Build a culture of wellbeing and produce great results

While sales, marketing and customer relationships are important in driving a real estate business, looking after your people is crucial to sustainable success. Three leading agents discuss innovative approaches to cultivating a healthy and productive staff culture in their offices.

Ranked seventh in this year’s REB Top 50 Sales Offices, Ray White Robina jumped 38 spots from 45th place last year. CEO Scott Burgess says the “most important ingredient” to the agency’s success is the way they look after their staff.


Ray White Robina adopts a holistic and well-rounded approach to maintaining the wellbeing of its employees.

“When people want to be at work rather than out of work, they become more productive,” Mr Burgess says.

The agency regularly provides training to cover issues beyond the world of real estate.

External trainers come into the office every week and the agency runs an office boot camp for the team at 6pm on Thursdays with a personal trainer.

Staff also receive training and support to help them with making important lifestyle choices.

“We also get people in to talk about health and fitness so the staff understand about a healthy diet, the best way to exercise, the best time to exercise, how to invest their money, what things to be looking for in terms of superannuation and tax depreciation,” Mr Burgess says.

Another important program the indoor cricket team, which hosts quarterly awards and dinners.

“The idea of really trying to build a culture in a business, more than anything else, harnesses great results,” Mr Burgess says.

The 80-20 rule

Ouwens Casserly (OC) director Alexander Ouwens says his company creates a dynamic and creative culture by allowing agents to do things “20 per cent the way that they want to do it”.

“We have a core ethos in our organisation where we want to have a consistent brand to the marketplace,” Mr Ouwens says.

“We allow everyone to have their 20 per cent flair in the way that they do things themselves. Otherwise, if you have too many hard and fast rules, you stump creativity, you stump innovation.”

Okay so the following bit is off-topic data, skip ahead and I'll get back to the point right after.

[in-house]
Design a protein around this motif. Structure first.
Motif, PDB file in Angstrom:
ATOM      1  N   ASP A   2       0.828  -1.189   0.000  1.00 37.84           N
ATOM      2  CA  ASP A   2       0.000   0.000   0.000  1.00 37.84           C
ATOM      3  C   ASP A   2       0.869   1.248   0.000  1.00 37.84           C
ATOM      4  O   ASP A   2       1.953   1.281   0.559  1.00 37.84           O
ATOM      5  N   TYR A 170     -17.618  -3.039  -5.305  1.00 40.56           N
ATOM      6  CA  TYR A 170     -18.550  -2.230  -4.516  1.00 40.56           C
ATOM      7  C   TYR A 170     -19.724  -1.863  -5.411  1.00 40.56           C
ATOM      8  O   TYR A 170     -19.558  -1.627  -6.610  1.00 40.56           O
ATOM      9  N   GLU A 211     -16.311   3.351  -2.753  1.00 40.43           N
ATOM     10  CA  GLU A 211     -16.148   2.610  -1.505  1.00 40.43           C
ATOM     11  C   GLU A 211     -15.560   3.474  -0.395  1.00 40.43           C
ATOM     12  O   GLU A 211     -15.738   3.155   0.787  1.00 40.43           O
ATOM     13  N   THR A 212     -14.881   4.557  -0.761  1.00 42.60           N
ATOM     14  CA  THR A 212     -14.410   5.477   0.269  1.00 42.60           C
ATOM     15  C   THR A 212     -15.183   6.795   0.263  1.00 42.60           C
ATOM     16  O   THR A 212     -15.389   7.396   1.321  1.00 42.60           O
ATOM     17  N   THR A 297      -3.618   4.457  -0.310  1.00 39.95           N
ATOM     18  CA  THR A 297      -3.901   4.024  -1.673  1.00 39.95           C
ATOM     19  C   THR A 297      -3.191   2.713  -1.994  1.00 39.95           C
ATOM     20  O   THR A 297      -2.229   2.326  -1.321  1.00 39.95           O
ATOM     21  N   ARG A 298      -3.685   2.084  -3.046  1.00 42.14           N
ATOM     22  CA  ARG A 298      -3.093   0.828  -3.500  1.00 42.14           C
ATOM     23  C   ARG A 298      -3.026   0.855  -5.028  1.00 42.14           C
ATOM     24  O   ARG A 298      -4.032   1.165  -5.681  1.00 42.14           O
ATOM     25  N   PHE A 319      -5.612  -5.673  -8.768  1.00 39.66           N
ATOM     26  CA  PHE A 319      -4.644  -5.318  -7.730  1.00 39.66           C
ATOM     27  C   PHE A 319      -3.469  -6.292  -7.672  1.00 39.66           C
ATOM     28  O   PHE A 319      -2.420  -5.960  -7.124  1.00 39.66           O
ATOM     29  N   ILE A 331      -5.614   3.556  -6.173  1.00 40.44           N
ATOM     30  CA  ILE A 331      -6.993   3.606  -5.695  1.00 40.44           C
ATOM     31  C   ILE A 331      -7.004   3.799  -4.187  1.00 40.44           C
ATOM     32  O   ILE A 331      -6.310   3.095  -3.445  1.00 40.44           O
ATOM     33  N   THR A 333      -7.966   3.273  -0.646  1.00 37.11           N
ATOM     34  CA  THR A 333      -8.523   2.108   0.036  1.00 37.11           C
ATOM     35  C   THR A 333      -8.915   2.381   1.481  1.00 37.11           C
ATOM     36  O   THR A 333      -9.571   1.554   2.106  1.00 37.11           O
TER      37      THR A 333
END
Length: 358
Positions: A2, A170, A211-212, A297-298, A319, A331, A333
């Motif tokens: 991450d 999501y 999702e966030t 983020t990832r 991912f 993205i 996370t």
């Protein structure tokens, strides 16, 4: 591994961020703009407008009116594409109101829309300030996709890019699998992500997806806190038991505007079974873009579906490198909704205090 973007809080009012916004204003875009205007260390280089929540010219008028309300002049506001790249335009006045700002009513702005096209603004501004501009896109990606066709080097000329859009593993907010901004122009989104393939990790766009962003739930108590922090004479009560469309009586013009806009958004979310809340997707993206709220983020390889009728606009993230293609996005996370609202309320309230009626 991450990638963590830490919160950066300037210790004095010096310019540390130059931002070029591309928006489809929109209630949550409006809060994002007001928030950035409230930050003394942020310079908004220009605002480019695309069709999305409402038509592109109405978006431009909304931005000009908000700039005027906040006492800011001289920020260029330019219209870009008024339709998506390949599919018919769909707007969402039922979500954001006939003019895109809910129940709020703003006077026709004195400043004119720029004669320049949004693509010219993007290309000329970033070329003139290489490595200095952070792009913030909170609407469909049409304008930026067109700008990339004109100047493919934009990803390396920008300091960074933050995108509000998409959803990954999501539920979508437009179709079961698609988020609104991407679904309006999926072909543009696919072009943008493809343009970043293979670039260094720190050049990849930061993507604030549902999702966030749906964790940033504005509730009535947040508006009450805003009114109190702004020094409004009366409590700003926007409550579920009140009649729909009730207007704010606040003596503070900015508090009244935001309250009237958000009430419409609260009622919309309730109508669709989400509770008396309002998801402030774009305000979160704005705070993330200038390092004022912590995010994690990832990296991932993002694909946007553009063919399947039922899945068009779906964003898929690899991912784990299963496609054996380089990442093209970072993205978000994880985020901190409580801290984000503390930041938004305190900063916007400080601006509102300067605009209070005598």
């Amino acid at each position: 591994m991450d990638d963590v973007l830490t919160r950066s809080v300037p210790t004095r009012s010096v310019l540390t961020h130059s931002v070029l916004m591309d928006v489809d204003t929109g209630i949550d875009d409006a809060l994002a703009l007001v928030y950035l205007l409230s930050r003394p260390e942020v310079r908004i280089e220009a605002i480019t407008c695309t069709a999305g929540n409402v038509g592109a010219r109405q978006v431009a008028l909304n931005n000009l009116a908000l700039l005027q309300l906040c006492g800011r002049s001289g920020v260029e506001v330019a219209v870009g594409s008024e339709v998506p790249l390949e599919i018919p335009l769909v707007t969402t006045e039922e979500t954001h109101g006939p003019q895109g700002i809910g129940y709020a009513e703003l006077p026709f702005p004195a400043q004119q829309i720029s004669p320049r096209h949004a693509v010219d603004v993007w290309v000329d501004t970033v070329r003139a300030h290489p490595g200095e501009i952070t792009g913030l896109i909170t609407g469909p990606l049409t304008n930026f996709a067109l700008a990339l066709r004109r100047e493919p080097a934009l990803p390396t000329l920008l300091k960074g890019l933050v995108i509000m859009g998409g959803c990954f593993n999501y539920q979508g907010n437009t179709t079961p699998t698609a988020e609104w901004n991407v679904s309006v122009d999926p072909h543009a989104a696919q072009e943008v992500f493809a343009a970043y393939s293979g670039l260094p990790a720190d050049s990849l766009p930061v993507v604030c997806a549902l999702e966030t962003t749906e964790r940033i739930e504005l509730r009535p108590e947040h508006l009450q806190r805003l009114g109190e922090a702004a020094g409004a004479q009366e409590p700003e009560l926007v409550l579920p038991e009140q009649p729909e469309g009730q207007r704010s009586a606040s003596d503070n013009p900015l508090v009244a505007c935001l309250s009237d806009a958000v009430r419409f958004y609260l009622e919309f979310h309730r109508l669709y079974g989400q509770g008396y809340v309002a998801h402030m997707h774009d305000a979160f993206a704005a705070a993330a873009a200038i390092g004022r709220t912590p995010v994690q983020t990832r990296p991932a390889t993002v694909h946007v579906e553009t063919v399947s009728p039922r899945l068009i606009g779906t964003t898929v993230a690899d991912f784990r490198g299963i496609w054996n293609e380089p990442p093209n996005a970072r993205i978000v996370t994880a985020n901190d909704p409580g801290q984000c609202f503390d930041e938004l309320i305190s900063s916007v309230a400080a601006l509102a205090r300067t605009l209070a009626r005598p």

Mr Ouwens’ business partner, Nathan Casserly, agrees, adding that this 20 per cent is what helps the agency maintain an edge over its competitors. 

“Understanding that for an organisation to be successful, it needs its key stakeholders (people) to all be heading in the same direction, 80 per cent of the time anyway. The other 20 per cent is to allow for creative flair, discussion and alternative thinking,” he says.

Mr Ouwens says this 20 per cent leeway has paved the way for many ideas, including the agency adopting virtual reality and 3D technology.

Preparing agents for 2020

As the real estate industry faces rapid technological change, including the threat of digital disruption, OC places an emphasis on ensuring its agents are trained in the skills they will need, not just for today but well into the future.

The agency also trains agents in developing the mindset they need to succeed.

“When you hear about all this digital disruption, you think, am I going to still be relevant in the year 2020? You absolutely will be, but you need to make sure that you’re not only skilled up on the tech side of things but more so on the mindset of things, because people are actually wanting to deal with a good human being more than anything else,” Mr Ouwens says.

“You need to have that EQ and the ability to have empathy with people and be able to deal with them one-on-one and not make it all about the computer or the tech or the marketing,” he says.

Mr Ouwens adds that OC agents’ mindset training is not only around how to better relate to customers but also about maintaining their confidence.

“When we went around the room and asked everyone where their blockages were, it wasn’t that they had bad dialogue on the phone or that their listing presentation skills weren’t good enough, it was about their confidence getting rattled,” he says.

“Every now and then, you have a couple of bad nights’ sleep, you miss a couple of listings or you’ve got a screaming three-year-old that keeps you up or whatever it is.

“It’s about having a culture and an atmosphere that gets you back up and gets you going again.”

According to Mr Ouwens, this training has produced great results in the team, “not only in their happiness but in the listings that they’re selling as well”.

[Related: Why a good culture generates repeat business]

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